Piggy Foxy and the Sword of Revolution
Imprint: Yale University Press
Series: Annals of Communism Series
What did the rulers of the Soviet Union truly think about each other? Piggy Foxy and the Sword of Revolution provides a window onto the soul of Bolshevism no other set of materials has ever offered. Sketching on notebook pages, official letterheads, and the margins of draft documents, prominent Soviet leaders in the 1920s and 1930s amused themselves and their colleagues with drawings of one another. Nearly 200 of these informal sketches, only recently uncovered in secret Soviet files are reproduced here. Funny, original, spontaneous, sometimes vicious or grotesque, the drawings and their accompanying notes reveal the relationships and mindsets of the Bolshevik bosses at the time of Stalin’s rise to power with blazing immediacy.
The album’s editors select characteristic drawings by such prominent leaders as Nikolai Bukharin, who depicts himself as “piggy foxy,” Valery Mezhlauk, and Stalin himself, whose trademark blue pencil appears on several of the drawings. A number of sketches of unknown authorship are also included. The editors identify the political issues, events, and discussions that inspired the drawings, and they provide biographical information about the people who drew and were drawn. The book opens a rare window on Stalin’s inner circle, allowing us access to the powerful men who, despite living in a humorless epoch, developed a special humor of their own.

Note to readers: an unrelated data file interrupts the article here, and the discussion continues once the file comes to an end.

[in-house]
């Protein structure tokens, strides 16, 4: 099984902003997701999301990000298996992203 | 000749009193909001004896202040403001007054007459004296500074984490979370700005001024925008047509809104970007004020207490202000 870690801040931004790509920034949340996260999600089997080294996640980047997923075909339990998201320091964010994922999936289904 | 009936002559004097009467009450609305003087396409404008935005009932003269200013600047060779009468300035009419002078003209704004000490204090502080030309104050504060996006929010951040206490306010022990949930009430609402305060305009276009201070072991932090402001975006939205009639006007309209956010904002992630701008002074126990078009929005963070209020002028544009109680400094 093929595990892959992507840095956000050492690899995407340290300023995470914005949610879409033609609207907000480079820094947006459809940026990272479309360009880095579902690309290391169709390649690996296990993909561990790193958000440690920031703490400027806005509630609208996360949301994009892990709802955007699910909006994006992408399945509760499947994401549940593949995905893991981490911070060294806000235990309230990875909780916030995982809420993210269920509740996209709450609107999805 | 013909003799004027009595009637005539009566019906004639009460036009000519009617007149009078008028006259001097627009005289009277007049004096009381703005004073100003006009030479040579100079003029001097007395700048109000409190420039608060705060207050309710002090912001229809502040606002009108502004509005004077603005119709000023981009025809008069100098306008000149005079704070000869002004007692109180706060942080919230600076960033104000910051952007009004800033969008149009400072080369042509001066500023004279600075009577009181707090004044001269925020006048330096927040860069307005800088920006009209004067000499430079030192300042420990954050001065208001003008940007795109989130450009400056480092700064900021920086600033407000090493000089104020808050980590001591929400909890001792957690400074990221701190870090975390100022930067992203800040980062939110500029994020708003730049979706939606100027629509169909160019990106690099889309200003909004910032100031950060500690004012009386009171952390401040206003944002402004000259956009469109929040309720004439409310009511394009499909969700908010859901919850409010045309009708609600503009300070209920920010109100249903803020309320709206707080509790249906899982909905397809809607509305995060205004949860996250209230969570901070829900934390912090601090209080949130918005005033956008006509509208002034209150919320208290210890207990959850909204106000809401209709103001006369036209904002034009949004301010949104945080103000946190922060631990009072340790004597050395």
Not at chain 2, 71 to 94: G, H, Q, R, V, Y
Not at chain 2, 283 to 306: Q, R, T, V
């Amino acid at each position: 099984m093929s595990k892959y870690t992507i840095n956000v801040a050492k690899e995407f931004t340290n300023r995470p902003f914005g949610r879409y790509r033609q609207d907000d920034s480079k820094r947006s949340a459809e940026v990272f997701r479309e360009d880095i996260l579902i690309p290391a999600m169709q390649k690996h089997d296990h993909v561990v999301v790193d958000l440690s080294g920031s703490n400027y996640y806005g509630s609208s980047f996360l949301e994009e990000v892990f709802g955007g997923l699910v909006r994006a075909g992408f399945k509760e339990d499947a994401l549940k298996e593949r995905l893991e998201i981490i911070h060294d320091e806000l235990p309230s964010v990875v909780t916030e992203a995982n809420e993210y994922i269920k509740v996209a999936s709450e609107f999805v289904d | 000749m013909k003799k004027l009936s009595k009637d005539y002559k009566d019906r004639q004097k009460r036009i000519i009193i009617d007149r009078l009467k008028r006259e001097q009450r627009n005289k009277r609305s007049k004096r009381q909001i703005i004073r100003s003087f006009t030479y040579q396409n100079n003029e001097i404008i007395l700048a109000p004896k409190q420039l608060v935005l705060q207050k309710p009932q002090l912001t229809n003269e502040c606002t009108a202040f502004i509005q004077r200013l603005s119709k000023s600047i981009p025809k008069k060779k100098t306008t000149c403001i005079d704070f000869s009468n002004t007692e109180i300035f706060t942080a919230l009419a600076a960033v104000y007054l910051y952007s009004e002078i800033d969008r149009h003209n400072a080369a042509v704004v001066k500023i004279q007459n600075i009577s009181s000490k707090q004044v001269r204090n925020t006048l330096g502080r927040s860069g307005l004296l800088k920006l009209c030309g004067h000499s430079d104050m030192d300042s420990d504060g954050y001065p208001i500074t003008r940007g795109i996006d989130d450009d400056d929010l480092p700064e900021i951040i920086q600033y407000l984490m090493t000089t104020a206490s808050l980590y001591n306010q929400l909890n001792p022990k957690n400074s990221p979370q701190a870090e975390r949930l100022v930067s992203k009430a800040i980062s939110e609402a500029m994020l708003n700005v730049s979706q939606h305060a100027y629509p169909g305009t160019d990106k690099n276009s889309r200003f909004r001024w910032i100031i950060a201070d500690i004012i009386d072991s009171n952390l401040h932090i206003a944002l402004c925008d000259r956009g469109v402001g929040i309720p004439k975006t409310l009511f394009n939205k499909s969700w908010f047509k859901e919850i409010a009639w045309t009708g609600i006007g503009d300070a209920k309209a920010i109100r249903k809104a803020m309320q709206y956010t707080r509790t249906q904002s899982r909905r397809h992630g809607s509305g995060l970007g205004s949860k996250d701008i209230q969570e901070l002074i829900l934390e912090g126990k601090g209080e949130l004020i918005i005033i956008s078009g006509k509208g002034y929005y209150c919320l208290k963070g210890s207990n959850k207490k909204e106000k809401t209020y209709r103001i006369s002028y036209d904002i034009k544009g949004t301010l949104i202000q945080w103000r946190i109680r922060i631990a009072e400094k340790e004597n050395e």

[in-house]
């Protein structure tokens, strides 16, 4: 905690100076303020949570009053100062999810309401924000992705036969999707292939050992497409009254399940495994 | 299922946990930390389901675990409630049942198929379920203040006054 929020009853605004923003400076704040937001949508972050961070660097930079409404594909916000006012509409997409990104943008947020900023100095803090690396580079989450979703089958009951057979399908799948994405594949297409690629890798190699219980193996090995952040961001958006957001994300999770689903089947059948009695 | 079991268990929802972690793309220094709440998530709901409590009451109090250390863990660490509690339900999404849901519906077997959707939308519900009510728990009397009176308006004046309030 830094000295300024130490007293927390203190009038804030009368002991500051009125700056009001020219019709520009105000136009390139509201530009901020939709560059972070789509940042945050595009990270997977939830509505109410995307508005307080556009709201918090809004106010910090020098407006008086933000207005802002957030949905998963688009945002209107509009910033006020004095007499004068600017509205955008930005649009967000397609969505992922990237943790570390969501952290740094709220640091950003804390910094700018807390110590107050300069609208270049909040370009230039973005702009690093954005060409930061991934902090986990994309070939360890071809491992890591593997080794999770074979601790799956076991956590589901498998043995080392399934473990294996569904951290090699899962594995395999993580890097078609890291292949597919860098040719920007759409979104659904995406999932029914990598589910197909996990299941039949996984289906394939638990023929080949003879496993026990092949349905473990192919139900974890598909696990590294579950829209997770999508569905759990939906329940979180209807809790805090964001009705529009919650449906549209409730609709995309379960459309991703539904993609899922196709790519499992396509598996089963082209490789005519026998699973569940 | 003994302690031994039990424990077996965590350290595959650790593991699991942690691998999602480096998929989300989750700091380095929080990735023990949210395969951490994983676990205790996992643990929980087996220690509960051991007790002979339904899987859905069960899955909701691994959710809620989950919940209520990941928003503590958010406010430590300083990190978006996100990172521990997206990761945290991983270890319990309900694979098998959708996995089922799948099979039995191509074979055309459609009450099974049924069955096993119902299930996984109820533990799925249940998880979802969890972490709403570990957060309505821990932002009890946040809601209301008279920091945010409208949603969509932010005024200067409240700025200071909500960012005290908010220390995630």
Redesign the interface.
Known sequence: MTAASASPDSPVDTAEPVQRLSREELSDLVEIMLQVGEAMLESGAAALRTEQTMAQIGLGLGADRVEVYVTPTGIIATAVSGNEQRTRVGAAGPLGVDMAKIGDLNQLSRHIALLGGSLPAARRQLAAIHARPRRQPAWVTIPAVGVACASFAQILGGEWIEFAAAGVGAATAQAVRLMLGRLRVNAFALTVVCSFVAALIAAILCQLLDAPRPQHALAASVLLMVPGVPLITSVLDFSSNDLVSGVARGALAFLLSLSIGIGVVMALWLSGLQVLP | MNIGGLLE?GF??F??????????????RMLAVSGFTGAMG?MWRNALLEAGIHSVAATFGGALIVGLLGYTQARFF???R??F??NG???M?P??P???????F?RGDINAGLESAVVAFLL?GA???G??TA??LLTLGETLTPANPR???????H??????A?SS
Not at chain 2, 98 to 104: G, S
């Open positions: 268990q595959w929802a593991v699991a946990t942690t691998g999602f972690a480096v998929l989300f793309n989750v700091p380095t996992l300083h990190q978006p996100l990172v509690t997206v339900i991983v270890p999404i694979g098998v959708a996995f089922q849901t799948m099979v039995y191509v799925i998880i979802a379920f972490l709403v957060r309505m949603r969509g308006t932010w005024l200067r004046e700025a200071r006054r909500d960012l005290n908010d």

“These casual caricatures with marginal notes and private comments by Politburo members offer an unprecedented opportunity to look into the real thinking and feelings of the Bolshevik leaders.”—Albert Nenarokov, Russian State Archive of Social and Political History
“Aside from the intrinsic interest of these sketches as humor, and even as art, they also have value as a historical resource, providing unique insight into how Bolsheviks saw themselves and each other.”—Arch Getty, University of California, Los Angeles
~Mark L. von Hagen
“An absolute winner!”—Mark L. von Hagen, Columbia University
"Who knew? That Stalin and his cronies whiled away their time in the Kremlin drawing the telling caricatures of each other that fill this unexpected, remarkable book. That some sketches are superb, while others are simply obscene. That some drawings, along with their captions, commentaries and dedications, give no hint of the bloodbath to come. That others, including one showing the people's commissar of finance hanging by his testicles, with Stalin's note relishing the procedure, are all too indicative."—William Taubman, Bertrand Snell Professor of Political Science, Amherst College, and author of Khrushchev: The Man and His Era